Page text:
The Internal Revenue Service recently issued an alert to payroll and human resources professionals to be aware of an emerging phishing e-mail scheme that purports to be from company executives and requests personal information about employees1. Vedder Price would like to reiterate this alert, as it is personally aware of multiple companies having fallen victim to this scheme in the past few days.
The phishing e-mails typically appear to be from the company CEO or other executive, and are generally directed to a company employee in the payroll, human resources or accounting departments. The "CEO" sends an e-mail to the company employee and requests certain tax documents or other personally identifiable information ("PII") pertaining to the company employees, including W-2s, SSNs, dates of birth, addresses and salaries.
The following are examples of the requests contained in the phishing e-mails:
- I need you to email me scanned copy of all our Employees W-2 wage and tax statement for 2015 for immediate reviewing. I will brief you more about this later. Keep in touch as soon as you can.
- Kindly send me the individual 2015 W-2 (PDF) and earnings summary of all W-2 of our company staff for a quick review.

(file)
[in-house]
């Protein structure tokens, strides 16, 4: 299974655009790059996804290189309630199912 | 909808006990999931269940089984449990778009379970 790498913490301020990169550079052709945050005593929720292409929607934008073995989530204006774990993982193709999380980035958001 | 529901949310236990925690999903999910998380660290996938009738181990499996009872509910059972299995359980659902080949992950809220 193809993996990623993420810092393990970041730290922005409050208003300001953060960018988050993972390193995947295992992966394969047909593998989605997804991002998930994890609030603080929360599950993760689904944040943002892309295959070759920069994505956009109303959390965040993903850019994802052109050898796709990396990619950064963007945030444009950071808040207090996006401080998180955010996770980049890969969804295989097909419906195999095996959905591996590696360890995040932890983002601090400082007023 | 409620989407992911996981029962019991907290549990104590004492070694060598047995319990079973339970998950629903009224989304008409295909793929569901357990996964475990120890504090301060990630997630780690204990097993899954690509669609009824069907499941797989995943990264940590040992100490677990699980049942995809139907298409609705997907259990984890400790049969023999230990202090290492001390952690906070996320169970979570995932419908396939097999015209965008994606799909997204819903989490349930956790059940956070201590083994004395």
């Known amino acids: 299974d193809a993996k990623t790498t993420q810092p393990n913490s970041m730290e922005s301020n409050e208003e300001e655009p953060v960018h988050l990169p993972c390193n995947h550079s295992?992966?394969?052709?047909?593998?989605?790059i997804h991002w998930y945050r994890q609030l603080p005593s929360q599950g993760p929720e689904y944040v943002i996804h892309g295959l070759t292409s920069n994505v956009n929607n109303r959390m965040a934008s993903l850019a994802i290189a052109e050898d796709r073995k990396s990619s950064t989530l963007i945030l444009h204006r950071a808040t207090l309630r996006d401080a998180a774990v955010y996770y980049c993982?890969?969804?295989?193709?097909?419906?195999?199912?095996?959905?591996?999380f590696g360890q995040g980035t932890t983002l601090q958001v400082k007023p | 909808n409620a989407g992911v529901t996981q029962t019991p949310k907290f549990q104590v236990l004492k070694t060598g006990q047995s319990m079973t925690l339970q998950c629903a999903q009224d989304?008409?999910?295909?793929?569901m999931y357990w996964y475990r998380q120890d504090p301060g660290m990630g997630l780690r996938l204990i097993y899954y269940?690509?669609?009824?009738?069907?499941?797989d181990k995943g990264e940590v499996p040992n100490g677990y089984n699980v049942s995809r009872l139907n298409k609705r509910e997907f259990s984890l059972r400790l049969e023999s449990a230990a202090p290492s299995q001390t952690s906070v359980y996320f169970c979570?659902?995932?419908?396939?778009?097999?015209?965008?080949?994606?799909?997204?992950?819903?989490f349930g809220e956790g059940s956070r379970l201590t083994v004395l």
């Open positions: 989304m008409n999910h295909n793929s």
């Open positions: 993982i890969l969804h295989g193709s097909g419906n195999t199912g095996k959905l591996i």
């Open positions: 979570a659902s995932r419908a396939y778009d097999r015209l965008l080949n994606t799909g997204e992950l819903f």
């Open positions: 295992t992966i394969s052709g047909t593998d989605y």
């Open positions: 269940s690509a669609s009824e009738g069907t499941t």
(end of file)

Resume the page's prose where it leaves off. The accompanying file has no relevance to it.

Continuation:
- Can you send me the updated list of employees with full details (Name, Social Security Number, Date of Birth, Home Address, Salary).
- I want you to send me the list of W-2 copy of employees wage and tax statement for 2015, I need them in PDF file type, you can send it as an attachment. Kindly prepare the lists and email them to me asap.
The scheme has already resulted in numerous instances of people being tricked into sharing the tax documents and PII of company employees with cybercriminals. The criminals perpetrating the scheme seek to monetize the data, including by filing fraudulent tax returns for refunds.
Vedder Price recommends that companies alert their employees to be on the lookout for these types of phishing e-mails. In the event that a company employee receives such an e-mail, that employee should not respond and instead should immediately notify the accounting department. The accounting department should then call the purported sender of the email to determine whether the e-mail was in fact sent by that person.